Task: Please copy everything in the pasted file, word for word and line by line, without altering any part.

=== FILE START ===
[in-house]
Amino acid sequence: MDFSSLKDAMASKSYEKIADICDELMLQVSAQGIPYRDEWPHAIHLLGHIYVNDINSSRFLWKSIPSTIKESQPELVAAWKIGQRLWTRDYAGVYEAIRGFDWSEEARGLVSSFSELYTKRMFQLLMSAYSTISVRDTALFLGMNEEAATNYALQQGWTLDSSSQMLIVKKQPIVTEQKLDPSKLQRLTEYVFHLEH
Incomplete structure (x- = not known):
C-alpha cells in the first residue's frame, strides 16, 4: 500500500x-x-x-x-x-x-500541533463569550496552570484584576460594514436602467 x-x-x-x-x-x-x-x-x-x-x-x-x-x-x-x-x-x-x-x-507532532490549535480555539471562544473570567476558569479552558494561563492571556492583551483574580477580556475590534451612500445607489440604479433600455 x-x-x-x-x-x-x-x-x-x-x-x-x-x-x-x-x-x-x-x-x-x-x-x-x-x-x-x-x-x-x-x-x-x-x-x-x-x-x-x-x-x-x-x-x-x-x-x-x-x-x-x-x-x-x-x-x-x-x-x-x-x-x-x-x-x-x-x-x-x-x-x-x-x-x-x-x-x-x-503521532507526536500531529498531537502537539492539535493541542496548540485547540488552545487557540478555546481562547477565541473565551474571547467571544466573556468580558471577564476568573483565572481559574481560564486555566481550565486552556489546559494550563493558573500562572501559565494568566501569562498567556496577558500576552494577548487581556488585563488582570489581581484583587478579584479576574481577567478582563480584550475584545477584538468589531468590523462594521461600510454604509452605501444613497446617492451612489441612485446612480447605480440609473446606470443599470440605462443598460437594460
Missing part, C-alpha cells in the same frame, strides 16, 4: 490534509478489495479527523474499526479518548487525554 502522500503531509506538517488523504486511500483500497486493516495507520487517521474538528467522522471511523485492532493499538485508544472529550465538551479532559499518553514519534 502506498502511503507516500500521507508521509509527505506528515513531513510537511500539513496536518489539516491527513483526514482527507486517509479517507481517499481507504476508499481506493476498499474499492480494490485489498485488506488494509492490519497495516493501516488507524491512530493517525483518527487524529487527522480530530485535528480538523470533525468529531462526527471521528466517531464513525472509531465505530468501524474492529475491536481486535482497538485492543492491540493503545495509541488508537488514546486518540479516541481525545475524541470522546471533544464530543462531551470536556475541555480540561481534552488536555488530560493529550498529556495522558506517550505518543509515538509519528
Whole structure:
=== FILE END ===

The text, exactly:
[in-house]
Amino acid sequence: MDFSSLKDAMASKSYEKIADICDELMLQVSAQGIPYRDEWPHAIHLLGHIYVNDINSSRFLWKSIPSTIKESQPELVAAWKIGQRLWTRDYAGVYEAIRGFDWSEEARGLVSSFSELYTKRMFQLLMSAYSTISVRDTALFLGMNEEAATNYALQQGWTLDSSSQMLIVKKQPIVTEQKLDPSKLQRLTEYVFHLEH
Incomplete structure (x- = not known):
C-alpha cells in the first residue's frame, strides 16, 4: 500500500x-x-x-x-x-x-500541533463569550496552570484584576460594514436602467 x-x-x-x-x-x-x-x-x-x-x-x-x-x-x-x-x-x-x-x-507532532490549535480555539471562544473570567476558569479552558494561563492571556492583551483574580477580556475590534451612500445607489440604479433600455 x-x-x-x-x-x-x-x-x-x-x-x-x-x-x-x-x-x-x-x-x-x-x-x-x-x-x-x-x-x-x-x-x-x-x-x-x-x-x-x-x-x-x-x-x-x-x-x-x-x-x-x-x-x-x-x-x-x-x-x-x-x-x-x-x-x-x-x-x-x-x-x-x-x-x-x-x-x-x-503521532507526536500531529498531537502537539492539535493541542496548540485547540488552545487557540478555546481562547477565541473565551474571547467571544466573556468580558471577564476568573483565572481559574481560564486555566481550565486552556489546559494550563493558573500562572501559565494568566501569562498567556496577558500576552494577548487581556488585563488582570489581581484583587478579584479576574481577567478582563480584550475584545477584538468589531468590523462594521461600510454604509452605501444613497446617492451612489441612485446612480447605480440609473446606470443599470440605462443598460437594460
Missing part, C-alpha cells in the same frame, strides 16, 4: 490534509478489495479527523474499526479518548487525554 502522500503531509506538517488523504486511500483500497486493516495507520487517521474538528467522522471511523485492532493499538485508544472529550465538551479532559499518553514519534 502506498502511503507516500500521507508521509509527505506528515513531513510537511500539513496536518489539516491527513483526514482527507486517509479517507481517499481507504476508499481506493476498499474499492480494490485489498485488506488494509492490519497495516493501516488507524491512530493517525483518527487524529487527522480530530485535528480538523470533525468529531462526527471521528466517531464513525472509531465505530468501524474492529475491536481486535482497538485492543492491540493503545495509541488508537488514546486518540479516541481525545475524541470522546471533544464530543462531551470536556475541555480540561481534552488536555488530560493529550498529556495522558506517550505518543509515538509519528
Whole structure: